After a fatal Amish buggy crash identical twin sisters traded places - and blame for the crime, sheriff says
FILLMORE COUNTY, MINNESOTA -- A 35-year-old southeastern Minnesota woman faces over a dozen charges for allegedly trying to take the blame for her twin sister in a fatal Amish buggy crash.
Sarah Peterson was charged Wednesday with 16 felonies, including criminal vehicular homicide, criminal vehicular operation and aiding an offender, according to court documents. All 16 charges indicate that Sarah Peterson tried to conceal or take responsibility for her identical twin sister's criminal acts.
Earlier last week, Sarah Peterson's sister, Samantha Peterson, was charged with 21 felonies, including criminal vehicular homicide, criminal vehicular operation, driving under the influence, failure to provide proof of insurance, careless driving and speeding.
Samantha Peterson was allegedly high on meth when she crashed into an Amish buggy last September. There were four children in the buggy. Two of the children, ages 7 and 11, were killed, a 9 -year-old and 13-year-old were hospitalized with serious injuries.
Fillmore County Sheriff John DeGeorge said the fact the sisters are identical twins "added a lot of complexity" to the lengthy investigation at a press conference Thursday afternoon.
"As the days continued beyond that first day where the crash was reported, inconsistencies started to appear in both sisters' stories and in the evidence that the deputies uncovered," DeGeorge said. "Later, it was determined through a series of search warrants, interviews, analysis of different data that in fact Samantha Peterson, Sarah's twin sister, was driving that vehicle."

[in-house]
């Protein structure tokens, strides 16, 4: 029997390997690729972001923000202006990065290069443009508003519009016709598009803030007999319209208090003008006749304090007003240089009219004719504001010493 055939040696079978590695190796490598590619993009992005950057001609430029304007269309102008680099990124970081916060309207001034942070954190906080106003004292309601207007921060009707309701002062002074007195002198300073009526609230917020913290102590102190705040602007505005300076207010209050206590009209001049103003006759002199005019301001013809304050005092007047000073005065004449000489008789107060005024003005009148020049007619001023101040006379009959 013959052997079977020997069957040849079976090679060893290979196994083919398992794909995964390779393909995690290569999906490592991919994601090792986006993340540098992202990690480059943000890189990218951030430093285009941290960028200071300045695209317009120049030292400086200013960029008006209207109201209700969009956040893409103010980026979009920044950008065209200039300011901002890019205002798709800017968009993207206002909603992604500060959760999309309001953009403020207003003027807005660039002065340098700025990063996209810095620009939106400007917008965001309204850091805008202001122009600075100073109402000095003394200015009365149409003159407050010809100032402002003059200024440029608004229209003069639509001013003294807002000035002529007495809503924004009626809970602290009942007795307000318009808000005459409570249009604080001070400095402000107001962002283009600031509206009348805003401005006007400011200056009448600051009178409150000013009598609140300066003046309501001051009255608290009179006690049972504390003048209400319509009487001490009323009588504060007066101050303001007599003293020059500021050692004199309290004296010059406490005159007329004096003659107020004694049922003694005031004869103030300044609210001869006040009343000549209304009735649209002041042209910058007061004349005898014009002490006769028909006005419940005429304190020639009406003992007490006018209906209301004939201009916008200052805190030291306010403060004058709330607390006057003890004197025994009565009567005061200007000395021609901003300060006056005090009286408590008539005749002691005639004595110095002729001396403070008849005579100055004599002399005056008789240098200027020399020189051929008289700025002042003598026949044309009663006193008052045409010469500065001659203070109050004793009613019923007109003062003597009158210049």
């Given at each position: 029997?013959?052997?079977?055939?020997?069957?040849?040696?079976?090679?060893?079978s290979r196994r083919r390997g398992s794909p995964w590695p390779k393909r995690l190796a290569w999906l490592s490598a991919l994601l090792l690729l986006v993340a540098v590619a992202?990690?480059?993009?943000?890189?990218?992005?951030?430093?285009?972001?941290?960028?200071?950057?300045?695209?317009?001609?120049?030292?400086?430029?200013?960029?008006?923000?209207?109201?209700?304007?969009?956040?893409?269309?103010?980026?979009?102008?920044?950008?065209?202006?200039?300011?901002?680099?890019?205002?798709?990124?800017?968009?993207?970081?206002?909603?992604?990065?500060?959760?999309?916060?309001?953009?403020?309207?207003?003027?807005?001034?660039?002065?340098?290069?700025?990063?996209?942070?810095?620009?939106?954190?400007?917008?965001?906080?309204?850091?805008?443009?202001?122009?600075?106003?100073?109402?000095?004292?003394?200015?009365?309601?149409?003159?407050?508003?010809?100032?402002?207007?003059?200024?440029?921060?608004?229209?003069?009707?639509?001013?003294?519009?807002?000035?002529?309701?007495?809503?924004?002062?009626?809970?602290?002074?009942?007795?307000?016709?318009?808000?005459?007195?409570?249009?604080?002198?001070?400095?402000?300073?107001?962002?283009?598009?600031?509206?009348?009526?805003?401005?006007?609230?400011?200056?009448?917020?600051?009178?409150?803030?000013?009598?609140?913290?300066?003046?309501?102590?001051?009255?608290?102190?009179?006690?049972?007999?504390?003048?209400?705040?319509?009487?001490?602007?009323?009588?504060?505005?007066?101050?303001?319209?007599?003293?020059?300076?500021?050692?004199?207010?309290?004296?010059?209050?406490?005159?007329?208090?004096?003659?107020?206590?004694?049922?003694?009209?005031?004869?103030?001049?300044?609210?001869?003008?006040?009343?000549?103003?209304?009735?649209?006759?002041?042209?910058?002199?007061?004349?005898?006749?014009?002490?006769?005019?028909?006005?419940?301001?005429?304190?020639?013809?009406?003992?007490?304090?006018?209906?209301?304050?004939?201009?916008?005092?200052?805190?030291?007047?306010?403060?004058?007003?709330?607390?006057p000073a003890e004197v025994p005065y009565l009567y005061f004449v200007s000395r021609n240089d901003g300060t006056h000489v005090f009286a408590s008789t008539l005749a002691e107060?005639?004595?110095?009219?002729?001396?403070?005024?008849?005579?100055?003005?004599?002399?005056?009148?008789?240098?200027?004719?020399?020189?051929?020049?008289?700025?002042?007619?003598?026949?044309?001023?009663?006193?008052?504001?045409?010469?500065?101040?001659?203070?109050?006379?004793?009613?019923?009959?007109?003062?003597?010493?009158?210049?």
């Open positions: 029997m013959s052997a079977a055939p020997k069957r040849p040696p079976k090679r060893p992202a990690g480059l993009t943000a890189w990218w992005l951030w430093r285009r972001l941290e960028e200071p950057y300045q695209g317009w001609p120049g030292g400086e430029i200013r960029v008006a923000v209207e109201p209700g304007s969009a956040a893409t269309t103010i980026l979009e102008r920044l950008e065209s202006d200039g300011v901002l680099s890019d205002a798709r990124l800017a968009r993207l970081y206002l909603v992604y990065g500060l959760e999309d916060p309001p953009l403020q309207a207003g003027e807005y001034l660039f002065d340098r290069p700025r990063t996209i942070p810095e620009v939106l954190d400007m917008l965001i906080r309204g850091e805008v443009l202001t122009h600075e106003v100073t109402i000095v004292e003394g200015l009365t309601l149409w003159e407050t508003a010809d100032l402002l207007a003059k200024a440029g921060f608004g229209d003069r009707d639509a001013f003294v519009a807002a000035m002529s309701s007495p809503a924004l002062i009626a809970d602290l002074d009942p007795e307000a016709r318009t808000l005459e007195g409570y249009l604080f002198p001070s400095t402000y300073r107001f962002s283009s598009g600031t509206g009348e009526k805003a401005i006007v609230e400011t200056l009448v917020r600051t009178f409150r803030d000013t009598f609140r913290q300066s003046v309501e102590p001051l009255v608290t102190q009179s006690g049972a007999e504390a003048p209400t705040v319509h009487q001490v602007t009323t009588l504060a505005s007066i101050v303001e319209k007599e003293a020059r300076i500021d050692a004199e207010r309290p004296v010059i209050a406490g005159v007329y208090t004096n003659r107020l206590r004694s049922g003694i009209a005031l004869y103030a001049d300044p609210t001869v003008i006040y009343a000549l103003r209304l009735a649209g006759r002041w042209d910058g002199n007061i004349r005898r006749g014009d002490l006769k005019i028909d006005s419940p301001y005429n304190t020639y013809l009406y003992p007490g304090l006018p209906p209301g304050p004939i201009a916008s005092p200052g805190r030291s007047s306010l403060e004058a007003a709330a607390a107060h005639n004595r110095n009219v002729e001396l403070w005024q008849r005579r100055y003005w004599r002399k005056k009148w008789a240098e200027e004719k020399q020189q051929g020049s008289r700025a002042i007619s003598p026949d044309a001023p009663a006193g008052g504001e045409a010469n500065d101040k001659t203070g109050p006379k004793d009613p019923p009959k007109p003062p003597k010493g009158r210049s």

DeGeorge says the inconsistencies included a review of an interview recording, which uncovered a conversation between the two sisters that indicated that "something might be up." He said another big piece of the investigation was being able to get a search warrant for the sisters' phones.
A search of Samantha Peterson's cellphone revealed a text she sent on Sept. 25 writing, in part, "I hit that Amish buggy and killed two ppl [sic]." She continued, "Made Sarah come there and take the fall for it so I wouldn't go to prison."
"Sarah was on scene a short time before our first deputy arrived," DeGeorge said. "That allowed them to come up with this story where Sarah would take responsibility for the crash and start to mislead the investigation from that point."
DeGeorge says a lot the evidence, including analysis of cell phone data and an advanced crash reconstruction report, took a "very long time" to get processed. He said it was because of this that it took so long for charges to be filed.
Both sisters have criminal histories. Samantha Peterson's convictions include fourth- and third-degree DWI. Sarah Peterson was convicted of conspiracy to distribute a controlled substance in 2022 and is currently on parole for that offense.
Samantha Peterson's criminal vehicular homicide charges are more serious than her sister's and each have a maximum sentence of 10 years in prison. Sarah Peterson's criminal vehicular homicide charges included a maximum sentence of five years.
The sisters have yet to be taken into custody. DeGeorge says the charges did not meet the threshold for an arrest warrant to be ordered by the court. They are charged by summons.